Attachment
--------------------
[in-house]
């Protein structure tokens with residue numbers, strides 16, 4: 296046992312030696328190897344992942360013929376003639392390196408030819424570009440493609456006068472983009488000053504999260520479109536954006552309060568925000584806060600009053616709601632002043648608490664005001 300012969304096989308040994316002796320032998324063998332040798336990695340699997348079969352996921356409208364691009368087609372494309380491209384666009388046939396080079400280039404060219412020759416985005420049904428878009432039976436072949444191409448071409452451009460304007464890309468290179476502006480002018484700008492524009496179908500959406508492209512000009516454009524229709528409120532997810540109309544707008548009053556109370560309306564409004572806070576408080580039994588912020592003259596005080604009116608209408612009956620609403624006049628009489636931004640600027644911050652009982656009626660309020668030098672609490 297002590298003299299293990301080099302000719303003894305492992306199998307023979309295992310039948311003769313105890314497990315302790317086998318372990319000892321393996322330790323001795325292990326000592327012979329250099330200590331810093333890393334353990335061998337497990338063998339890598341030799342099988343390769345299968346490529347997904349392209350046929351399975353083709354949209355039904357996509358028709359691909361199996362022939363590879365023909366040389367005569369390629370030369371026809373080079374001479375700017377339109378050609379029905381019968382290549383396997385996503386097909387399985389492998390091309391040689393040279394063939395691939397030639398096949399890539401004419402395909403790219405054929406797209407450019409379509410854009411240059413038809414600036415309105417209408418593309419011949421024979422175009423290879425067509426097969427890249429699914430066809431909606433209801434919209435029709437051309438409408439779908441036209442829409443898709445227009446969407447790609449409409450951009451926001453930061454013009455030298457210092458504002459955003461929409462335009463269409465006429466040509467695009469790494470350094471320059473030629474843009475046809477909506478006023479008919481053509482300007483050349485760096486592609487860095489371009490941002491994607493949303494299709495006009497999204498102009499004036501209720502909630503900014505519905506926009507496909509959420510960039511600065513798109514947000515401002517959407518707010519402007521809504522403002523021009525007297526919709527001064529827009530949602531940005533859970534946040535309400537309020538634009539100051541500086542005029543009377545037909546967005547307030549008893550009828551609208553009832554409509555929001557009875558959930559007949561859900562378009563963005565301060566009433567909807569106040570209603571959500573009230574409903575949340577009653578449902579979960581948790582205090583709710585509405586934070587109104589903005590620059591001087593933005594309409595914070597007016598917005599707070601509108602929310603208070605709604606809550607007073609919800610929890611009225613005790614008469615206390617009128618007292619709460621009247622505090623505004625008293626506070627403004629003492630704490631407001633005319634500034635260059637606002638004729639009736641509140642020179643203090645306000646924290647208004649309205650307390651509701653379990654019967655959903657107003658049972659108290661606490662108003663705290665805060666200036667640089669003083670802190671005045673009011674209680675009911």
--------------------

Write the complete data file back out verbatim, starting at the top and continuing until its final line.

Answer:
[in-house]
């Protein structure tokens with residue numbers, strides 16, 4: 296046992312030696328190897344992942360013929376003639392390196408030819424570009440493609456006068472983009488000053504999260520479109536954006552309060568925000584806060600009053616709601632002043648608490664005001 300012969304096989308040994316002796320032998324063998332040798336990695340699997348079969352996921356409208364691009368087609372494309380491209384666009388046939396080079400280039404060219412020759416985005420049904428878009432039976436072949444191409448071409452451009460304007464890309468290179476502006480002018484700008492524009496179908500959406508492209512000009516454009524229709528409120532997810540109309544707008548009053556109370560309306564409004572806070576408080580039994588912020592003259596005080604009116608209408612009956620609403624006049628009489636931004640600027644911050652009982656009626660309020668030098672609490 297002590298003299299293990301080099302000719303003894305492992306199998307023979309295992310039948311003769313105890314497990315302790317086998318372990319000892321393996322330790323001795325292990326000592327012979329250099330200590331810093333890393334353990335061998337497990338063998339890598341030799342099988343390769345299968346490529347997904349392209350046929351399975353083709354949209355039904357996509358028709359691909361199996362022939363590879365023909366040389367005569369390629370030369371026809373080079374001479375700017377339109378050609379029905381019968382290549383396997385996503386097909387399985389492998390091309391040689393040279394063939395691939397030639398096949399890539401004419402395909403790219405054929406797209407450019409379509410854009411240059413038809414600036415309105417209408418593309419011949421024979422175009423290879425067509426097969427890249429699914430066809431909606433209801434919209435029709437051309438409408439779908441036209442829409443898709445227009446969407447790609449409409450951009451926001453930061454013009455030298457210092458504002459955003461929409462335009463269409465006429466040509467695009469790494470350094471320059473030629474843009475046809477909506478006023479008919481053509482300007483050349485760096486592609487860095489371009490941002491994607493949303494299709495006009497999204498102009499004036501209720502909630503900014505519905506926009507496909509959420510960039511600065513798109514947000515401002517959407518707010519402007521809504522403002523021009525007297526919709527001064529827009530949602531940005533859970534946040535309400537309020538634009539100051541500086542005029543009377545037909546967005547307030549008893550009828551609208553009832554409509555929001557009875558959930559007949561859900562378009563963005565301060566009433567909807569106040570209603571959500573009230574409903575949340577009653578449902579979960581948790582205090583709710585509405586934070587109104589903005590620059591001087593933005594309409595914070597007016598917005599707070601509108602929310603208070605709604606809550607007073609919800610929890611009225613005790614008469615206390617009128618007292619709460621009247622505090623505004625008293626506070627403004629003492630704490631407001633005319634500034635260059637606002638004729639009736641509140642020179643203090645306000646924290647208004649309205650307390651509701653379990654019967655959903657107003658049972659108290661606490662108003663705290665805060666200036667640089669003083670802190671005045673009011674209680675009911």